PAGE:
Reveal: Studio Gang Architects

Jeanne Gang, author
Princeton Architectural Press, publisher
256pps, 8x10in

Editorial Direction
Creative Direction & Design
Publisher Partner

Alexandra Lange, writing for Design Observer: “Compared to [architect Richard] Meier, the Studio Gang book, authored by principal Jeanne Gang, is the anti-monograph. No flattering, turtlenecked black-and-white portrait. No chronology. No modernist grid, setting the stage for more volumes to come. And almost no photos, or not the kind you expect. Reveal is purposefully unrevealing of the results of Studio Gang’s work, preferring to dwell in the realm of process and material.”

In developing the book concept, Jeanne walked through roughly 15 of her projects over the course of our first two-day workshop. I took a lot of notes, paying special attention to the specific words she used to describe the work and working process. Later I put together some language-based constellation diagrams, seeing where there was crossover, and what themes emerged that could suggest possible groupings. The book title came out of that exercise. Each project included in Reveal has a very unique relationship to the title, as described in Jeanne’s introductory essay. The title was also appropriate for Studio Gang’s very first book—a book that would expose, or reveal, their work. 


SGA’s research and references told part of the story. There was an obvious rigor in material exploration, many historical references, a donation spreadsheet, and a deep sketch archive. These idiosyncrasies found a place in the book too. In addition to documenting the architecture, we developed Material Reports (in which we identified each project’s most critical material, then looked away from the project but deeper into the material itself), and a History broadsheet printed on newsprint (each with an historical narrative connected to a particular aspect of the project). For a project that relied heavily on the generosity of its community, the SOS Children’s Villages chapter contains a fictionalized catalogue spread of actual donations to the project. In the book’s back matter, excerpts from SGA’s sketch archive are housed as books-within-a-book.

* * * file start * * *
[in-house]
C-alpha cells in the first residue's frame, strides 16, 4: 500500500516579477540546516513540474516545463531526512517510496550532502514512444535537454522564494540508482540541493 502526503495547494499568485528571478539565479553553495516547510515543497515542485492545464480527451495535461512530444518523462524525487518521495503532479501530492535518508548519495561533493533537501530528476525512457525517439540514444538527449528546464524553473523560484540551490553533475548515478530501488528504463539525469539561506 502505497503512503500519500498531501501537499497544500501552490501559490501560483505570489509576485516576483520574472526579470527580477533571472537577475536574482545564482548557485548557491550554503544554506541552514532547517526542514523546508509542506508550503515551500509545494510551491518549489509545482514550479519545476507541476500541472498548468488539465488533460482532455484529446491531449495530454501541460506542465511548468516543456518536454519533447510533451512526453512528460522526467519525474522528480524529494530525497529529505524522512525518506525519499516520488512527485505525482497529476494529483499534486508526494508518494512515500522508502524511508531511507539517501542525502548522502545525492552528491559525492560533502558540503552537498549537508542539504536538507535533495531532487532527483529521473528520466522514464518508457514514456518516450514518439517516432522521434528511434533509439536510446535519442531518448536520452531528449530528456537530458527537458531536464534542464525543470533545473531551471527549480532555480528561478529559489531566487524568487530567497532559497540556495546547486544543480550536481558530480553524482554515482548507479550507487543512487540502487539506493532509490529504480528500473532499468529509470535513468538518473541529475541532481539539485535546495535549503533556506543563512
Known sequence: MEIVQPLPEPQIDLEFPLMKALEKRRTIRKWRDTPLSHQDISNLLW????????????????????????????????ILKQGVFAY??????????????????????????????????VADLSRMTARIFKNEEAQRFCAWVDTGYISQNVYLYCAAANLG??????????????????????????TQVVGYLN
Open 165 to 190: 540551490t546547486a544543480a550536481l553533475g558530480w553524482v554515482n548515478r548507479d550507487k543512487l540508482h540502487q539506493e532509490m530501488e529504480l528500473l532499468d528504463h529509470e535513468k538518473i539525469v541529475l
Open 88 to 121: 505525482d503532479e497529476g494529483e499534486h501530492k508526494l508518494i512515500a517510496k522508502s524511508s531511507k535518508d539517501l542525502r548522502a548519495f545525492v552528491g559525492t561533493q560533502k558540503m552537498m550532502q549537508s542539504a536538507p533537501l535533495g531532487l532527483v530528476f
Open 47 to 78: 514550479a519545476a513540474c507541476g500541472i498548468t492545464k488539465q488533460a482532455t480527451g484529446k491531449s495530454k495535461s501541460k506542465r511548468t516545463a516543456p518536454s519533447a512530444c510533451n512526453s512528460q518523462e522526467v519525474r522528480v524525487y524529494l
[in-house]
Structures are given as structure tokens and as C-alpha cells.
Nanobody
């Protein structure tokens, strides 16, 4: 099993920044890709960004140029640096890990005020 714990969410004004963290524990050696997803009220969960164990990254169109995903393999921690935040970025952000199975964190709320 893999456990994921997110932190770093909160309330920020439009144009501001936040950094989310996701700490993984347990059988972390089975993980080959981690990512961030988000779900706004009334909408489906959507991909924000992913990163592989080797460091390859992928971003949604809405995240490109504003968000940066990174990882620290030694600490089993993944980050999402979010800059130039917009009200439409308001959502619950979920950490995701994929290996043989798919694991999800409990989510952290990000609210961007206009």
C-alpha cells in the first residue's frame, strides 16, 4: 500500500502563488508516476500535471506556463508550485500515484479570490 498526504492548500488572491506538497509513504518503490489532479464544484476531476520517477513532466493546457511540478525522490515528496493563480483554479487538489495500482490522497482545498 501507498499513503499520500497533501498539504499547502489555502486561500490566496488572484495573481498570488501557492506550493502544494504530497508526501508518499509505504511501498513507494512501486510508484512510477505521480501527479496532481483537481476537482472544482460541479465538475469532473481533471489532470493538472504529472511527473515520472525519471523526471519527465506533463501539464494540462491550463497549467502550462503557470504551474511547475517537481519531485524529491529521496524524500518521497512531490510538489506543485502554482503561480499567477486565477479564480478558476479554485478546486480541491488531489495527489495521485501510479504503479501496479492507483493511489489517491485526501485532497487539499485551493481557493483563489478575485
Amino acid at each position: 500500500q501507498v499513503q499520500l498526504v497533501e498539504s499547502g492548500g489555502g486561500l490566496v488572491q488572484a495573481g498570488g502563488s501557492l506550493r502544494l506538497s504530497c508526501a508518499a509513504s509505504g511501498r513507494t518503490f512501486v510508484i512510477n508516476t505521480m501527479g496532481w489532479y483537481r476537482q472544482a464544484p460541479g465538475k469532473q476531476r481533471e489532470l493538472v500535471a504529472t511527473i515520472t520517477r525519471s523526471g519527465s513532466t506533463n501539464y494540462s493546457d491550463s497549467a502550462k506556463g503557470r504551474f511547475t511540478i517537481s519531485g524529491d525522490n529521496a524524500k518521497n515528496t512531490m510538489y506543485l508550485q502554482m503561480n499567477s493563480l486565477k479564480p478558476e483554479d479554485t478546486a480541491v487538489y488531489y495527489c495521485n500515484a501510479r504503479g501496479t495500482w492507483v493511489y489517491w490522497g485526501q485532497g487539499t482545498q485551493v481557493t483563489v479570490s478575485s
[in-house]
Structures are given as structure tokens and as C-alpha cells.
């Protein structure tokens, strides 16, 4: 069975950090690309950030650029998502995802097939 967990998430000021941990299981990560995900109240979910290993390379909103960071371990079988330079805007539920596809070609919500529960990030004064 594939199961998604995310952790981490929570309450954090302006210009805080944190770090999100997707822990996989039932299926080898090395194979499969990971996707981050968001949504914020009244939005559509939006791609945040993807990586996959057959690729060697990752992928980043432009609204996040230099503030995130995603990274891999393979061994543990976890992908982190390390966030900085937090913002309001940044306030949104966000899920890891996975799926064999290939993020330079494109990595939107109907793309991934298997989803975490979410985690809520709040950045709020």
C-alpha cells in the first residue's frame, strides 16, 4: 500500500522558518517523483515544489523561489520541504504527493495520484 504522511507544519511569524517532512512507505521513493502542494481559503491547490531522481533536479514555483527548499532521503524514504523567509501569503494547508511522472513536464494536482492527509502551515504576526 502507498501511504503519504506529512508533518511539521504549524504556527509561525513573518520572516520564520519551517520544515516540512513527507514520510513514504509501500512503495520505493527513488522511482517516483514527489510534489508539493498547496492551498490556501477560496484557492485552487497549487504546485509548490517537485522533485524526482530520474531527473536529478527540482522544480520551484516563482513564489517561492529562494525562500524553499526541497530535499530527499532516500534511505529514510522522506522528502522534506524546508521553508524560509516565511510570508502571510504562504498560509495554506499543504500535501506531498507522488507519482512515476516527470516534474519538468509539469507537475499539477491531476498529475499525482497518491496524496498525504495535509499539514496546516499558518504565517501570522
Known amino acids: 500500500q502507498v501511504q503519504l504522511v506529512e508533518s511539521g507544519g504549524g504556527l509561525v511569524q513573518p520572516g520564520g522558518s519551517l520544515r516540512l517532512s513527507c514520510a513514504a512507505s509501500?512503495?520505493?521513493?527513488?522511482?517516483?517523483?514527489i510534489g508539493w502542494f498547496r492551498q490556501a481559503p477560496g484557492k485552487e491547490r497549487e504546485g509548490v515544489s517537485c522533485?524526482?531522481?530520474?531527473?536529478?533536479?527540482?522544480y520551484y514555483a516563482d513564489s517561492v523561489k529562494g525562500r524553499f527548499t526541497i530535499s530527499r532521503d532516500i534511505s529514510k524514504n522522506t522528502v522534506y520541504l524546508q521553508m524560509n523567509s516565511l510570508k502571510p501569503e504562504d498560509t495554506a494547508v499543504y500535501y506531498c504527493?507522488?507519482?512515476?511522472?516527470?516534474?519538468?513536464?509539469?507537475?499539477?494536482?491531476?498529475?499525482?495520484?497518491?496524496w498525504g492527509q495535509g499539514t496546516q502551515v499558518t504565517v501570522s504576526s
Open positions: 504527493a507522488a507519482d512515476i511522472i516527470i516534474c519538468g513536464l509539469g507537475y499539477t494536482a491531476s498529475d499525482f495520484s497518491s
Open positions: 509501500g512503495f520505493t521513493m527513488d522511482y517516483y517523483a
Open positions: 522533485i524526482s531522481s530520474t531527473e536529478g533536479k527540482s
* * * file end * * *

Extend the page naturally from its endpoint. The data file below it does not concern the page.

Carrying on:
/ Design Detail / On the cover I was looking at ways to split, obscure and reveal parts of the letterforms—referencing the idea of revealing or unveiling, as well as the literal reference to a (physical) reveal in architecture. I think the choice to replace the missing parts of the letterforms on the front cover with UV varnish, using a textural or material shift rather than a color shift, is in keeping with the spirit of Jeanne’s work. The varnish, a transparent material, is what reveals the book title. Making black on black legible was achieved by contrasting the matte black background with the high gloss UV over the letterforms.

Reveal is the most first and most comprehensive book of the work of Studio Gang Architects. You can read more about the making of Reveal in Print Magazine.